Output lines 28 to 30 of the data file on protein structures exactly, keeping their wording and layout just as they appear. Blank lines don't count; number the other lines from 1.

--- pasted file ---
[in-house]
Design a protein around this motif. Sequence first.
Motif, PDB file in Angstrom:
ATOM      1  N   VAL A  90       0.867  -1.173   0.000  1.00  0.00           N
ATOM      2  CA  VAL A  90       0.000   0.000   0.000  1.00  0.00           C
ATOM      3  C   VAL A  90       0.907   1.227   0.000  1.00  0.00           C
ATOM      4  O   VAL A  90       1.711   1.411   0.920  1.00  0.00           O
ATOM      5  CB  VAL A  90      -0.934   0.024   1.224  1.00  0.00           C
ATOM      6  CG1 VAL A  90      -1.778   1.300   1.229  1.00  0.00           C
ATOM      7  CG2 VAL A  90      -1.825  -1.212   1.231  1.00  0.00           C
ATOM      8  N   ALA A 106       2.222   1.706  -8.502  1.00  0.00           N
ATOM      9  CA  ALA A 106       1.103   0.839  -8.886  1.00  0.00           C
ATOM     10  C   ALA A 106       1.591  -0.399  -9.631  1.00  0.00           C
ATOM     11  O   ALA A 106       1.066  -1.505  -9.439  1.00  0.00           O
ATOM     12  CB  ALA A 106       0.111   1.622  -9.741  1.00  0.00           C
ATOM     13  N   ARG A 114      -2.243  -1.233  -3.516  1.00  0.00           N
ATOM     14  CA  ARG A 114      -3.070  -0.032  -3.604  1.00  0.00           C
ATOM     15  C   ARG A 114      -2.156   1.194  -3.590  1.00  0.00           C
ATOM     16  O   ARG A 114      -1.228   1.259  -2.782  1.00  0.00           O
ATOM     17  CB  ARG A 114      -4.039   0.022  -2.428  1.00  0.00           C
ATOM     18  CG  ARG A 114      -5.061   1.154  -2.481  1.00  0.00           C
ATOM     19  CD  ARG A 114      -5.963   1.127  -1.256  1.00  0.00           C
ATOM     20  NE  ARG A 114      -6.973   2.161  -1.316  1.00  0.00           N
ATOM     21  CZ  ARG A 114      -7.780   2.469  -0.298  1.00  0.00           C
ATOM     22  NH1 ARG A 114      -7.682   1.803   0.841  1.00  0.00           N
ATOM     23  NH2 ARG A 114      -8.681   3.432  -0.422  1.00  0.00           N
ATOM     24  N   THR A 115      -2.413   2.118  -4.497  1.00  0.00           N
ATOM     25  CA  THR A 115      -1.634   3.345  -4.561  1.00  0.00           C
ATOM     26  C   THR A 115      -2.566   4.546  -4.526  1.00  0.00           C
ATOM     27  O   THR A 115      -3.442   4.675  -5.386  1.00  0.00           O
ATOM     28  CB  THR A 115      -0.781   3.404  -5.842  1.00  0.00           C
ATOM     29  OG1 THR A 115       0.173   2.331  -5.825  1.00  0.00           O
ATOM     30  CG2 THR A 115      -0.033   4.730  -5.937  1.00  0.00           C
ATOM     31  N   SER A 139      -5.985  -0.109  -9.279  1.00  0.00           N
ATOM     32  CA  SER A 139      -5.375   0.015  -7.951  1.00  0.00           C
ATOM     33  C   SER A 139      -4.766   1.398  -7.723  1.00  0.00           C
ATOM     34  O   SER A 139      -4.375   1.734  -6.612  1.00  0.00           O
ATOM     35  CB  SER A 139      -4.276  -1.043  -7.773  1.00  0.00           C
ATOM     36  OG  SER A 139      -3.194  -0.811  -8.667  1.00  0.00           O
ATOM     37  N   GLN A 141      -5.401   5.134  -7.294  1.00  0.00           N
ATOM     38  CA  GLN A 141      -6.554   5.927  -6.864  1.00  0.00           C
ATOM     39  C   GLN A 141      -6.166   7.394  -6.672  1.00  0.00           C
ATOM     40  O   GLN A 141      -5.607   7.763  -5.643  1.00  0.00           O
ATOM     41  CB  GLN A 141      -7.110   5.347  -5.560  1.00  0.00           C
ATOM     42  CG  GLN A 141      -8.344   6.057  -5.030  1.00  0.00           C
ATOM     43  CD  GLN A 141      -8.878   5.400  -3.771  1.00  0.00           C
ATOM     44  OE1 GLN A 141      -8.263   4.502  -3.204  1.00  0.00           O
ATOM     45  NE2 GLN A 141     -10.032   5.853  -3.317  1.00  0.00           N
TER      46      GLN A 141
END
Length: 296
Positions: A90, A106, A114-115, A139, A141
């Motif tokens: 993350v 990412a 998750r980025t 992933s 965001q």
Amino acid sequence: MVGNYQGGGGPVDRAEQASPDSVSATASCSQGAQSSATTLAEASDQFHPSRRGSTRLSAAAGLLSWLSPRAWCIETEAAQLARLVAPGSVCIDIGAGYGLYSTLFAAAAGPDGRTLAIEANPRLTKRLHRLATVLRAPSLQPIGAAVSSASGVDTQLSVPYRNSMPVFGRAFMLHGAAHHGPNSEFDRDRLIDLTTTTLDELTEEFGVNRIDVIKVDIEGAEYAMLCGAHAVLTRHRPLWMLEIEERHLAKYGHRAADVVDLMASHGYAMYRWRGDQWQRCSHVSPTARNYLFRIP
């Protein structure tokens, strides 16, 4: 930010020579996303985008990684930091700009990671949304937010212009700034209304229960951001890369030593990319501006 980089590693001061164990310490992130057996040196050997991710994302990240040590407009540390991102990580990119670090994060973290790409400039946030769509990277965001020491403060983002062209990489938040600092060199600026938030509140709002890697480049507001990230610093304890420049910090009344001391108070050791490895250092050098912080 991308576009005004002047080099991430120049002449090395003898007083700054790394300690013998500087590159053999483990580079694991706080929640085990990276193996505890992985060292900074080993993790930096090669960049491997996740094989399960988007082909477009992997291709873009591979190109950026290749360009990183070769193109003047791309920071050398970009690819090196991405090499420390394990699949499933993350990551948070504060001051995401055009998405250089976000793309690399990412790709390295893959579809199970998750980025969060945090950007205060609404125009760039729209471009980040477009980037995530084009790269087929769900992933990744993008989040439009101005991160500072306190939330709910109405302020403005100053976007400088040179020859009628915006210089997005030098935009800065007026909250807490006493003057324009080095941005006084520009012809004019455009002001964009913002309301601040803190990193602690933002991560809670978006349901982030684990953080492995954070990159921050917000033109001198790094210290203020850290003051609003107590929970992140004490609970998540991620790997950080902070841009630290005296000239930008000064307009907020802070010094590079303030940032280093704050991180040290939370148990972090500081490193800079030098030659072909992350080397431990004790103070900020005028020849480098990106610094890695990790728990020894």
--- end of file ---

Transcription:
ATOM     25  CA  THR A 115      -1.634   3.345  -4.561  1.00  0.00           C
ATOM     26  C   THR A 115      -2.566   4.546  -4.526  1.00  0.00           C
ATOM     27  O   THR A 115      -3.442   4.675  -5.386  1.00  0.00           O